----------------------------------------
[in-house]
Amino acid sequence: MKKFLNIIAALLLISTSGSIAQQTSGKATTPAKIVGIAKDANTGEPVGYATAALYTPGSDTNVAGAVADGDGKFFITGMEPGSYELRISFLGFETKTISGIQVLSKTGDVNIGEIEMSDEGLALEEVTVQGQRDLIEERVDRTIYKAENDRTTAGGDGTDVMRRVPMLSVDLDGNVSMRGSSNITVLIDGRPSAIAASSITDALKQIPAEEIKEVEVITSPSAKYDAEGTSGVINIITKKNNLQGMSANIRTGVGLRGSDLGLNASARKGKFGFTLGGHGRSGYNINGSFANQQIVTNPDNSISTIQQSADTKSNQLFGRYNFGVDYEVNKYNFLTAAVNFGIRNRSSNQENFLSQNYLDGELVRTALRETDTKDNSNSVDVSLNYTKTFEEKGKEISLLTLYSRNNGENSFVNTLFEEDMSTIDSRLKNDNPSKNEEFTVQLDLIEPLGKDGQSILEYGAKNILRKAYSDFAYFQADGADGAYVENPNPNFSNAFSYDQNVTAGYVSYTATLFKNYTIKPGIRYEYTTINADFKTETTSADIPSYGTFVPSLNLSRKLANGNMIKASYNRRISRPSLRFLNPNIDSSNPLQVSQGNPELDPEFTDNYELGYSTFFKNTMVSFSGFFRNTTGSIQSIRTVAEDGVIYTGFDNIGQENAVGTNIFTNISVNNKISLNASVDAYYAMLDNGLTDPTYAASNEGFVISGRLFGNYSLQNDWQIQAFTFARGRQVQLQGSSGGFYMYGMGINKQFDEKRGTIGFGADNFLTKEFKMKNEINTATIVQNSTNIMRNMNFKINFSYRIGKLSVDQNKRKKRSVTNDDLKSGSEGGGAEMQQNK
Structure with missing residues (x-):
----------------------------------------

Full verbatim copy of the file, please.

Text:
[in-house]
Amino acid sequence: MKKFLNIIAALLLISTSGSIAQQTSGKATTPAKIVGIAKDANTGEPVGYATAALYTPGSDTNVAGAVADGDGKFFITGMEPGSYELRISFLGFETKTISGIQVLSKTGDVNIGEIEMSDEGLALEEVTVQGQRDLIEERVDRTIYKAENDRTTAGGDGTDVMRRVPMLSVDLDGNVSMRGSSNITVLIDGRPSAIAASSITDALKQIPAEEIKEVEVITSPSAKYDAEGTSGVINIITKKNNLQGMSANIRTGVGLRGSDLGLNASARKGKFGFTLGGHGRSGYNINGSFANQQIVTNPDNSISTIQQSADTKSNQLFGRYNFGVDYEVNKYNFLTAAVNFGIRNRSSNQENFLSQNYLDGELVRTALRETDTKDNSNSVDVSLNYTKTFEEKGKEISLLTLYSRNNGENSFVNTLFEEDMSTIDSRLKNDNPSKNEEFTVQLDLIEPLGKDGQSILEYGAKNILRKAYSDFAYFQADGADGAYVENPNPNFSNAFSYDQNVTAGYVSYTATLFKNYTIKPGIRYEYTTINADFKTETTSADIPSYGTFVPSLNLSRKLANGNMIKASYNRRISRPSLRFLNPNIDSSNPLQVSQGNPELDPEFTDNYELGYSTFFKNTMVSFSGFFRNTTGSIQSIRTVAEDGVIYTGFDNIGQENAVGTNIFTNISVNNKISLNASVDAYYAMLDNGLTDPTYAASNEGFVISGRLFGNYSLQNDWQIQAFTFARGRQVQLQGSSGGFYMYGMGINKQFDEKRGTIGFGADNFLTKEFKMKNEINTATIVQNSTNIMRNMNFKINFSYRIGKLSVDQNKRKKRSVTNDDLKSGSEGGGAEMQQNK
Structure with missing residues (x-):